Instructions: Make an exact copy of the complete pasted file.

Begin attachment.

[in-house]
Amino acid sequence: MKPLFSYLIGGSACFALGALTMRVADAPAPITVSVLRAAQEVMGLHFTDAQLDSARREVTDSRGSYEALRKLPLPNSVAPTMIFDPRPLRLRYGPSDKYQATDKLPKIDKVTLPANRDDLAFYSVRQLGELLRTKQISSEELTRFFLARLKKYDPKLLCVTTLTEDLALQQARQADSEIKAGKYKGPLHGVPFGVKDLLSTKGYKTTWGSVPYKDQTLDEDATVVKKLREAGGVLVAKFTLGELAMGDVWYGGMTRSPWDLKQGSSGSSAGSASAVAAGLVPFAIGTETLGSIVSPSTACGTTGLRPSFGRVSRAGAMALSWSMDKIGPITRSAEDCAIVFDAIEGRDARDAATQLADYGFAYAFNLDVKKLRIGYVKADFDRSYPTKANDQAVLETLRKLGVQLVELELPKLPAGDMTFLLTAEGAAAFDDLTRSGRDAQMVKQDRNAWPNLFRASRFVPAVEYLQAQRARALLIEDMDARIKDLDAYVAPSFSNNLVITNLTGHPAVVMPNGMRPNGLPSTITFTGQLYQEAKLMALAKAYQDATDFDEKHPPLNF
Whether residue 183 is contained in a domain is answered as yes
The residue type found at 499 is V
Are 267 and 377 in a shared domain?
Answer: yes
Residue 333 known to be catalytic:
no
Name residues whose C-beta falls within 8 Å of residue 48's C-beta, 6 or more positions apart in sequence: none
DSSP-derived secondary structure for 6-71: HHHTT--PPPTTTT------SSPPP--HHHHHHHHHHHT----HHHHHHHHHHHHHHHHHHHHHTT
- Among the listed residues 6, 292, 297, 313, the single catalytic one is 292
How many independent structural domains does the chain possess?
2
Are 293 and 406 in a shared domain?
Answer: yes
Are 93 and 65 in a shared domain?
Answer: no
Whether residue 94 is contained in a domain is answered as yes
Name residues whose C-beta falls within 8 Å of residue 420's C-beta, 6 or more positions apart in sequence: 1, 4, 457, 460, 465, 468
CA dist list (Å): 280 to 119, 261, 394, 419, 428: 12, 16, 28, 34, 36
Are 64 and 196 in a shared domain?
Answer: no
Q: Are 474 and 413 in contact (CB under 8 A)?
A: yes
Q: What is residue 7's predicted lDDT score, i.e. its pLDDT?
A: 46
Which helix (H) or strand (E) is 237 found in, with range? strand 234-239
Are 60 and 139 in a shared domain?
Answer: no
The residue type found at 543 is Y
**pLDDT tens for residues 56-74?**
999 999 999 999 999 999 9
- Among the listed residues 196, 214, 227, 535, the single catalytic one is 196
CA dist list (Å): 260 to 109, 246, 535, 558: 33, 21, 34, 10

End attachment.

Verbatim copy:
[in-house]
Amino acid sequence: MKPLFSYLIGGSACFALGALTMRVADAPAPITVSVLRAAQEVMGLHFTDAQLDSARREVTDSRGSYEALRKLPLPNSVAPTMIFDPRPLRLRYGPSDKYQATDKLPKIDKVTLPANRDDLAFYSVRQLGELLRTKQISSEELTRFFLARLKKYDPKLLCVTTLTEDLALQQARQADSEIKAGKYKGPLHGVPFGVKDLLSTKGYKTTWGSVPYKDQTLDEDATVVKKLREAGGVLVAKFTLGELAMGDVWYGGMTRSPWDLKQGSSGSSAGSASAVAAGLVPFAIGTETLGSIVSPSTACGTTGLRPSFGRVSRAGAMALSWSMDKIGPITRSAEDCAIVFDAIEGRDARDAATQLADYGFAYAFNLDVKKLRIGYVKADFDRSYPTKANDQAVLETLRKLGVQLVELELPKLPAGDMTFLLTAEGAAAFDDLTRSGRDAQMVKQDRNAWPNLFRASRFVPAVEYLQAQRARALLIEDMDARIKDLDAYVAPSFSNNLVITNLTGHPAVVMPNGMRPNGLPSTITFTGQLYQEAKLMALAKAYQDATDFDEKHPPLNF
Whether residue 183 is contained in a domain is answered as yes
The residue type found at 499 is V
Are 267 and 377 in a shared domain?
Answer: yes
Residue 333 known to be catalytic:
no
Name residues whose C-beta falls within 8 Å of residue 48's C-beta, 6 or more positions apart in sequence: none
DSSP-derived secondary structure for 6-71: HHHTT--PPPTTTT------SSPPP--HHHHHHHHHHHT----HHHHHHHHHHHHHHHHHHHHHTT
- Among the listed residues 6, 292, 297, 313, the single catalytic one is 292
How many independent structural domains does the chain possess?
2
Are 293 and 406 in a shared domain?
Answer: yes
Are 93 and 65 in a shared domain?
Answer: no
Whether residue 94 is contained in a domain is answered as yes
Name residues whose C-beta falls within 8 Å of residue 420's C-beta, 6 or more positions apart in sequence: 1, 4, 457, 460, 465, 468
CA dist list (Å): 280 to 119, 261, 394, 419, 428: 12, 16, 28, 34, 36
Are 64 and 196 in a shared domain?
Answer: no
Q: Are 474 and 413 in contact (CB under 8 A)?
A: yes
Q: What is residue 7's predicted lDDT score, i.e. its pLDDT?
A: 46
Which helix (H) or strand (E) is 237 found in, with range? strand 234-239
Are 60 and 139 in a shared domain?
Answer: no
The residue type found at 543 is Y
**pLDDT tens for residues 56-74?**
999 999 999 999 999 999 9
- Among the listed residues 196, 214, 227, 535, the single catalytic one is 196
CA dist list (Å): 260 to 109, 246, 535, 558: 33, 21, 34, 10